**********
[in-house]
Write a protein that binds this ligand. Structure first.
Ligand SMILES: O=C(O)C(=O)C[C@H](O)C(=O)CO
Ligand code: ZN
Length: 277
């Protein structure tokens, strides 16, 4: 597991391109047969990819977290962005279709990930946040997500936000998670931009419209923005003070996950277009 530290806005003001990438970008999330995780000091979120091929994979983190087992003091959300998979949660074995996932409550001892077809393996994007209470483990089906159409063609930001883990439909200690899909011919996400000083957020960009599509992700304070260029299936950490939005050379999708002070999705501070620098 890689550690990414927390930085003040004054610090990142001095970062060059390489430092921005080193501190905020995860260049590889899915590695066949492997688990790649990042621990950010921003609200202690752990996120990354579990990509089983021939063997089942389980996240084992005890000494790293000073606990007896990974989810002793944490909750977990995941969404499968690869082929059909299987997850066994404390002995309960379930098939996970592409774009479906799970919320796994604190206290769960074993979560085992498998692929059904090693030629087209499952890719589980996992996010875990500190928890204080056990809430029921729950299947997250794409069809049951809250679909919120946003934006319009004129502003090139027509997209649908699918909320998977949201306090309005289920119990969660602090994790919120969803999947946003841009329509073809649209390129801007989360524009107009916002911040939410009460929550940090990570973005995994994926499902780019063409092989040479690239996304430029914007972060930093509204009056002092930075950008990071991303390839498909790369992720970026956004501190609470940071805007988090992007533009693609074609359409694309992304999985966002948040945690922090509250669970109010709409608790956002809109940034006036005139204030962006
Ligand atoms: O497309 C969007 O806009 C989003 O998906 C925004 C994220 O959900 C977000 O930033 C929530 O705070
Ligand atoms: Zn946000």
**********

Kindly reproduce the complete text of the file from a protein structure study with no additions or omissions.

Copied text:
[in-house]
Write a protein that binds this ligand. Structure first.
Ligand SMILES: O=C(O)C(=O)C[C@H](O)C(=O)CO
Ligand code: ZN
Length: 277
């Protein structure tokens, strides 16, 4: 597991391109047969990819977290962005279709990930946040997500936000998670931009419209923005003070996950277009 530290806005003001990438970008999330995780000091979120091929994979983190087992003091959300998979949660074995996932409550001892077809393996994007209470483990089906159409063609930001883990439909200690899909011919996400000083957020960009599509992700304070260029299936950490939005050379999708002070999705501070620098 890689550690990414927390930085003040004054610090990142001095970062060059390489430092921005080193501190905020995860260049590889899915590695066949492997688990790649990042621990950010921003609200202690752990996120990354579990990509089983021939063997089942389980996240084992005890000494790293000073606990007896990974989810002793944490909750977990995941969404499968690869082929059909299987997850066994404390002995309960379930098939996970592409774009479906799970919320796994604190206290769960074993979560085992498998692929059904090693030629087209499952890719589980996992996010875990500190928890204080056990809430029921729950299947997250794409069809049951809250679909919120946003934006319009004129502003090139027509997209649908699918909320998977949201306090309005289920119990969660602090994790919120969803999947946003841009329509073809649209390129801007989360524009107009916002911040939410009460929550940090990570973005995994994926499902780019063409092989040479690239996304430029914007972060930093509204009056002092930075950008990071991303390839498909790369992720970026956004501190609470940071805007988090992007533009693609074609359409694309992304999985966002948040945690922090509250669970109010709409608790956002809109940034006036005139204030962006
Ligand atoms: O497309 C969007 O806009 C989003 O998906 C925004 C994220 O959900 C977000 O930033 C929530 O705070
Ligand atoms: Zn946000």